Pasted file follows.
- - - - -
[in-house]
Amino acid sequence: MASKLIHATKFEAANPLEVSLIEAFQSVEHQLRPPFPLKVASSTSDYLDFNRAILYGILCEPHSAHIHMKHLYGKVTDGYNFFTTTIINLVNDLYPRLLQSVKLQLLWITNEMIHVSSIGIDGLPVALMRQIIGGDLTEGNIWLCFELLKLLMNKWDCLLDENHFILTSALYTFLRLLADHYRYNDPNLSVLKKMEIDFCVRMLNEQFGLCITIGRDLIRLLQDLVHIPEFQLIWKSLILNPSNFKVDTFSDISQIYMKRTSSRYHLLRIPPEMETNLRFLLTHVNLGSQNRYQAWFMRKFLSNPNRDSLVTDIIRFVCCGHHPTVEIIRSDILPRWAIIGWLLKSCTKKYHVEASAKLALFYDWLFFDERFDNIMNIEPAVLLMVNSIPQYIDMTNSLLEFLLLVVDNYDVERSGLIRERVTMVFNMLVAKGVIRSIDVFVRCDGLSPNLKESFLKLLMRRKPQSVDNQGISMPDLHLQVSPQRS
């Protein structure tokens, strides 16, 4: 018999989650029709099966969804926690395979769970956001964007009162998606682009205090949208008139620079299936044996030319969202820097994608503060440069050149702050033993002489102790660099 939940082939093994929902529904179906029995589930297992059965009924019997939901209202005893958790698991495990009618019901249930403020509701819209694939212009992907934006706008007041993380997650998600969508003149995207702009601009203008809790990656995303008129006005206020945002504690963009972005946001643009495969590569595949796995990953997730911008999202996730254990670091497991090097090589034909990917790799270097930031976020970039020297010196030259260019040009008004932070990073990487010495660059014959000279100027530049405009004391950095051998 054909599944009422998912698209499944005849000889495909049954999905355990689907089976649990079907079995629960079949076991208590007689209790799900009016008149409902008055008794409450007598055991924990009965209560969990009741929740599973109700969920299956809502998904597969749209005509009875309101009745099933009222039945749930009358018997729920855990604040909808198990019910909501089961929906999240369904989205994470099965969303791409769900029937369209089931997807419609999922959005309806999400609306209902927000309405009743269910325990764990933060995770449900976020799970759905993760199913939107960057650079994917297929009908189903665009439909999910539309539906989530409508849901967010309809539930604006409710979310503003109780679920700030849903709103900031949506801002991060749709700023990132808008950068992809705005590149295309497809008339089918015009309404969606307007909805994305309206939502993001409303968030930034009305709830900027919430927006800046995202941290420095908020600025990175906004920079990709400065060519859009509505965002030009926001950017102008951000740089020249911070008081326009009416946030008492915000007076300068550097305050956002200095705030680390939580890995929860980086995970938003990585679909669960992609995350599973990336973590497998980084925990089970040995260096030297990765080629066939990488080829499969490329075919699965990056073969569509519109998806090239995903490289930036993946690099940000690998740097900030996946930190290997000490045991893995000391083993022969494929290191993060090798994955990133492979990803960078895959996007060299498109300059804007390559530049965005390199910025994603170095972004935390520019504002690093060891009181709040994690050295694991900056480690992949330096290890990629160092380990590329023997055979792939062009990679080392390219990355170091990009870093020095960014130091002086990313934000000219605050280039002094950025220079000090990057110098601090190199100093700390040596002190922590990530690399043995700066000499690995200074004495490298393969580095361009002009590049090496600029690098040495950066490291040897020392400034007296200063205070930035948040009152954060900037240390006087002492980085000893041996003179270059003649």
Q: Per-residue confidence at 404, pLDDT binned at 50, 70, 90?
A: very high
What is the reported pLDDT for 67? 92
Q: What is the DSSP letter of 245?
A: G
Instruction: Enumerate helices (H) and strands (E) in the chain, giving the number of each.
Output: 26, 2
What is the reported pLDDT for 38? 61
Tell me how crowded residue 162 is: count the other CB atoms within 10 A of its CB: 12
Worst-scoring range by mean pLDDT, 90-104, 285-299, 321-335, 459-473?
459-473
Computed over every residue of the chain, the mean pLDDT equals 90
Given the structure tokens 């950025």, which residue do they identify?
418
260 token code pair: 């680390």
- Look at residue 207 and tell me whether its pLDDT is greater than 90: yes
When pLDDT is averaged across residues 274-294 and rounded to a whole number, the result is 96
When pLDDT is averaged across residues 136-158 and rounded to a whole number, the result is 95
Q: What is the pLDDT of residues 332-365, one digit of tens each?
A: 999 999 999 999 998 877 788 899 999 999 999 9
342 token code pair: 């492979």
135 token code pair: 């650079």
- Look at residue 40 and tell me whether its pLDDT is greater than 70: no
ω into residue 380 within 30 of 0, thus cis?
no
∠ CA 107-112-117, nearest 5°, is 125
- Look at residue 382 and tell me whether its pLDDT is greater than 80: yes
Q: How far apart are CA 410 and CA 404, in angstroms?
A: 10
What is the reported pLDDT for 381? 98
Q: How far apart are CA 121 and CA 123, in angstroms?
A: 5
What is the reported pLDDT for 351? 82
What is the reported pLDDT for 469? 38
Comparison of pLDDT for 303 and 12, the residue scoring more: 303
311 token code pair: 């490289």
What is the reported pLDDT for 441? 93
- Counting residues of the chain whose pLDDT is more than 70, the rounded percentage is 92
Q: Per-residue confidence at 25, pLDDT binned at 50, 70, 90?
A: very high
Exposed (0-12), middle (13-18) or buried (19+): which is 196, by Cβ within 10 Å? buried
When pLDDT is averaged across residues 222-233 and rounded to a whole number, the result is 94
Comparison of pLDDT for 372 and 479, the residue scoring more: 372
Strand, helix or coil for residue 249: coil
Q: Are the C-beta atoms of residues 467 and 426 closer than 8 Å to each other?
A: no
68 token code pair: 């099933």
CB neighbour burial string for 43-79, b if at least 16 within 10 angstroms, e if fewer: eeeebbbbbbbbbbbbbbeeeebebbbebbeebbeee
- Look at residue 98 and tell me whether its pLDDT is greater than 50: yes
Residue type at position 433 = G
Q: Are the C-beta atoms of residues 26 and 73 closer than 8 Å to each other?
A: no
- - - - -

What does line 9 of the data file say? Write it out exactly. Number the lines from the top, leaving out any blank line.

Instruction: Enumerate helices (H) and strands (E) in the chain, giving the number of each.